By measuring team quality with a single metric, this then becomes the team focus. If this becomes the team focus, this becomes what people care about. “We measure what we care about and we care about what we measure” Having a single focus or quality measurement can be dangerous because this becomes the thing that matters and individual quality, individuals doing the best job that they can do can fall to the wayside.

If individuals get better at what they do and are given the time to focus on it, team quality can improve. We need to give people the space and time to understand what they are expected to do and also provide an environment for people to do their work to the best of their ability.

Leading without authority

At the recent WeTest 2016 conference (http://www.wetest.co.nz/), I had the opportunity to talk about leading without authority. Many companies are ditching the more traditional, hierarchical team structure in favour of autonomous, flat structures where big sticks of authority no longer exist. This can be a dramatic change for a lot of people in positions of leadership or management. Where previously people often did things because they were told to, in this new structure teams are empowered to say ‘no’ and think for themselves.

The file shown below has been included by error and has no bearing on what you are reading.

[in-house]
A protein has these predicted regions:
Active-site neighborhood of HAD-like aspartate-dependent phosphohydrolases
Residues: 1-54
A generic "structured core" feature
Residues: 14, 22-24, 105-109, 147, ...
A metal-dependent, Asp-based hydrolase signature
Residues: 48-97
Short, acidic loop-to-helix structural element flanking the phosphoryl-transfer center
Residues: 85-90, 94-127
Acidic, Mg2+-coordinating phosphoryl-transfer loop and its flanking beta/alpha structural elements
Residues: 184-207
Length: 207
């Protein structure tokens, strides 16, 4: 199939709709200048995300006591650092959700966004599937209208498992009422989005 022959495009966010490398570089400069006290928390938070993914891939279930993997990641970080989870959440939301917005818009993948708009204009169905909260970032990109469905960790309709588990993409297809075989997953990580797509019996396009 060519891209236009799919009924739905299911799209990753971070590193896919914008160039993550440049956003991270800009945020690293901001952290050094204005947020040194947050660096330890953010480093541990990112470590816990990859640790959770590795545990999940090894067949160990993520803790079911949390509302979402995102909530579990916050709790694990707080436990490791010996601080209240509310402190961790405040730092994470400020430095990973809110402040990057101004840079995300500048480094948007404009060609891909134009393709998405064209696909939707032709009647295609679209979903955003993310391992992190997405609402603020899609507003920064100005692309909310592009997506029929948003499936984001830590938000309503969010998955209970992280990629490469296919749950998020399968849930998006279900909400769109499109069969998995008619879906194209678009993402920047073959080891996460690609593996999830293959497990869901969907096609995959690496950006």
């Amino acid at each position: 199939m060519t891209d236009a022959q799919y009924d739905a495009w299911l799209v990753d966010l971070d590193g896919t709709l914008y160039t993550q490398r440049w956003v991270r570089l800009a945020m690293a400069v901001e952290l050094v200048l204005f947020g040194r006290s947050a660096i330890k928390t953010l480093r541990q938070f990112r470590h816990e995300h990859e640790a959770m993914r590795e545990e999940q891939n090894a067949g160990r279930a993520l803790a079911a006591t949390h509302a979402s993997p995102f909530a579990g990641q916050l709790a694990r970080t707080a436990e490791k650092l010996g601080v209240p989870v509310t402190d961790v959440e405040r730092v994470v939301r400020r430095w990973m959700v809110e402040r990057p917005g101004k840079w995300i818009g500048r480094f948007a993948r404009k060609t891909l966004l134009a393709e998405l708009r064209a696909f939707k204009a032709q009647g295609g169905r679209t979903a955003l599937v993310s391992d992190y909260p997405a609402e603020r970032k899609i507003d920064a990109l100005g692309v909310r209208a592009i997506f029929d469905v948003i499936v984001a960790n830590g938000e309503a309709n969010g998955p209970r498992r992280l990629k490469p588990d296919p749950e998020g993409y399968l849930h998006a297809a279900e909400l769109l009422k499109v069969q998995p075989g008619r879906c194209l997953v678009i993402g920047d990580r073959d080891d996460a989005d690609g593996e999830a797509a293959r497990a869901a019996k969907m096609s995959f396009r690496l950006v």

Leading without authority can be a massive hurdle for all of us, especially if we’ve never really had to think about who we are as leaders, because our titles gave us everything we needed. I had come from a place where I was familiar with telling people what to do rather than listening to what people needed. Still being a leader but having all the authority taken away was a very steep learning curve for me. Having spent the past 15 years in all types of leadership positions, I wanted to share some of the myths I had busted along the way.